Swollen Lymph Nodes

  • Medical Author:
    Siamak N. Nabili, MD, MPH

    Dr. Nabili received his undergraduate degree from the University of California, San Diego (UCSD), majoring in chemistry and biochemistry. He then completed his graduate degree at the University of California, Los Angeles (UCLA). His graduate training included a specialized fellowship in public health where his research focused on environmental health and health-care delivery and management.

  • Medical Author: Jerry R. Balentine, DO, FACEP
    Jerry R. Balentine, DO, FACEP

    Dr. Balentine received his undergraduate degree from McDaniel College in Westminster, Maryland. He attended medical school at the Philadelphia College of Osteopathic Medicine graduating in1983. He completed his internship at St. Joseph's Hospital in Philadelphia and his Emergency Medicine residency at Lincoln Medical and Mental Health Center in the Bronx, where he served as chief resident.

  • Medical Editor: Melissa Conrad Stöppler, MD
    Melissa Conrad Stöppler, MD

    Melissa Conrad Stöppler, MD

    Melissa Conrad Stöppler, MD, is a U.S. board-certified Anatomic Pathologist with subspecialty training in the fields of Experimental and Molecular Pathology. Dr. Stöppler's educational background includes a BA with Highest Distinction from the University of Virginia and an MD from the University of North Carolina. She completed residency training in Anatomic Pathology at Georgetown University followed by subspecialty fellowship training in molecular diagnostics and experimental pathology.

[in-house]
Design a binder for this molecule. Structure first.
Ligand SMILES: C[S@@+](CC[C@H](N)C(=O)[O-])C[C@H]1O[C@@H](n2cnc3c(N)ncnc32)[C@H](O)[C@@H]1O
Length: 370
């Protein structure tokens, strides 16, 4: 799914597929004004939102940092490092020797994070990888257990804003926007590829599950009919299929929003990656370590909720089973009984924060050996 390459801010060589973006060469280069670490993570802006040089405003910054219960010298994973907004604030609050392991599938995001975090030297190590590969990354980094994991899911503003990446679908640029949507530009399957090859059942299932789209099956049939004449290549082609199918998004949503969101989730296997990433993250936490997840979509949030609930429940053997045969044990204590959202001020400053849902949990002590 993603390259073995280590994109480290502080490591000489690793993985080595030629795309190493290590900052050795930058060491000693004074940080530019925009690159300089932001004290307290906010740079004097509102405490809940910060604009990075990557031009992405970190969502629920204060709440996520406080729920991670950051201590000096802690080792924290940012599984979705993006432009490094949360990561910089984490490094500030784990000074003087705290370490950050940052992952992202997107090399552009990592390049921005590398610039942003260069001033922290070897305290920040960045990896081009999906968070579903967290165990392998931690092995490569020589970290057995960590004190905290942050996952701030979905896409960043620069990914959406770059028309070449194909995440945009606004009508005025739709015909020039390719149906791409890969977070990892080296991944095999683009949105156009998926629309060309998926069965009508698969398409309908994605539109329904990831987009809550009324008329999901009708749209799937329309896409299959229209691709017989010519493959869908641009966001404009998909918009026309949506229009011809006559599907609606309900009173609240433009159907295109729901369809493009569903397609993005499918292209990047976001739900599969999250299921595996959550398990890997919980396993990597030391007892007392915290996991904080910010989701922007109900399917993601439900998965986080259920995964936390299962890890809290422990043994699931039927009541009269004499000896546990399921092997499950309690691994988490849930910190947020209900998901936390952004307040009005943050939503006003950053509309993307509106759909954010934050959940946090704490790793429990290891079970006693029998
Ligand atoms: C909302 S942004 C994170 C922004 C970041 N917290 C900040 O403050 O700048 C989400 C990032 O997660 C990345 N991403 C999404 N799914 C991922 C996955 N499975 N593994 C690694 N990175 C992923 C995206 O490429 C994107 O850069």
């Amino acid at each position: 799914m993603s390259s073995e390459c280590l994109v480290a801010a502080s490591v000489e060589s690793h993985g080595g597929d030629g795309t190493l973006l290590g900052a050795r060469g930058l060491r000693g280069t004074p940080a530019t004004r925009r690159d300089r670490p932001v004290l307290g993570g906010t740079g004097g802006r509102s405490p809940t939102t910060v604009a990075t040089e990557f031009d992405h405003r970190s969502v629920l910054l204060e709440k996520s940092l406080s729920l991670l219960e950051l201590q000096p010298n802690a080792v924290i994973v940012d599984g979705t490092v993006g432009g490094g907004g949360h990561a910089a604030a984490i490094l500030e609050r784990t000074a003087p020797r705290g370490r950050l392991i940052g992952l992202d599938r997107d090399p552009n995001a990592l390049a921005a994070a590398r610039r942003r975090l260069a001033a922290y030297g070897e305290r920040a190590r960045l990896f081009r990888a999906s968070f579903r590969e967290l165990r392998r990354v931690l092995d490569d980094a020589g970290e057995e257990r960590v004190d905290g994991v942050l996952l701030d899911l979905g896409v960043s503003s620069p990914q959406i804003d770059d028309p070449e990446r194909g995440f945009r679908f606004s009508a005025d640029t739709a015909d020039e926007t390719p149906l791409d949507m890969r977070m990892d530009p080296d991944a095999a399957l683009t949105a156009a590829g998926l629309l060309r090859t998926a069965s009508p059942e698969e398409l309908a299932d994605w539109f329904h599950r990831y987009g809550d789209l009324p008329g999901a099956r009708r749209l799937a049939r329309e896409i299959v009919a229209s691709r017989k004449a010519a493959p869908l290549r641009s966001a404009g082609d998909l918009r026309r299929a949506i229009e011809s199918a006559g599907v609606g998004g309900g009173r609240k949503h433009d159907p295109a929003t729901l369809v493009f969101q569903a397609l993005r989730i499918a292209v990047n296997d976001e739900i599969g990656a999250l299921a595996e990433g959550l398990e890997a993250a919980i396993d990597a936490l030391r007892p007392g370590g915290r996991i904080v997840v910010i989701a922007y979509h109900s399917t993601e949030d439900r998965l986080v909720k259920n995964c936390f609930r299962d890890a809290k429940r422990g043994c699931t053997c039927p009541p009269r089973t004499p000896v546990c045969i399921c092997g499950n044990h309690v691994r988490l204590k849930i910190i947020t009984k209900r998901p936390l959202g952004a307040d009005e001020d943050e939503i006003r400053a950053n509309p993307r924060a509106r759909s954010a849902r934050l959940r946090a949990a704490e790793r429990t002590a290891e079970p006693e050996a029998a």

What are lymph nodes?

  • Lymph nodes are an important component of the body's immune system and help in fighting infections. Infections caused by swollen lymph nodes is referred to as lymphadenitis.
  • Lymph nodes (sometimes called lymph glands) are small, soft, round or oval structures that are found throughout the body and are connected to each other in chain-like (lymphatic chains) fashion by channels similar to blood vessels. Each individual lymph node is covered by a capsule made up of connective tissue.
  • Lymph is a watery fluid that circulates within the lymphatic vessels. Lymph nodes are found near these vessels.
  • Within the capsule, lymph nodes contain certain kinds of immune cells. These cells are mainly lymphocytes, which produce proteins that capture and fight viruses and other microbes, and macrophages, which destroy and remove the captured material. Continue Reading
Reviewed on 4/14/2016
References
REFERENCE:

MedscapeReference.com. Lymphadenitis.

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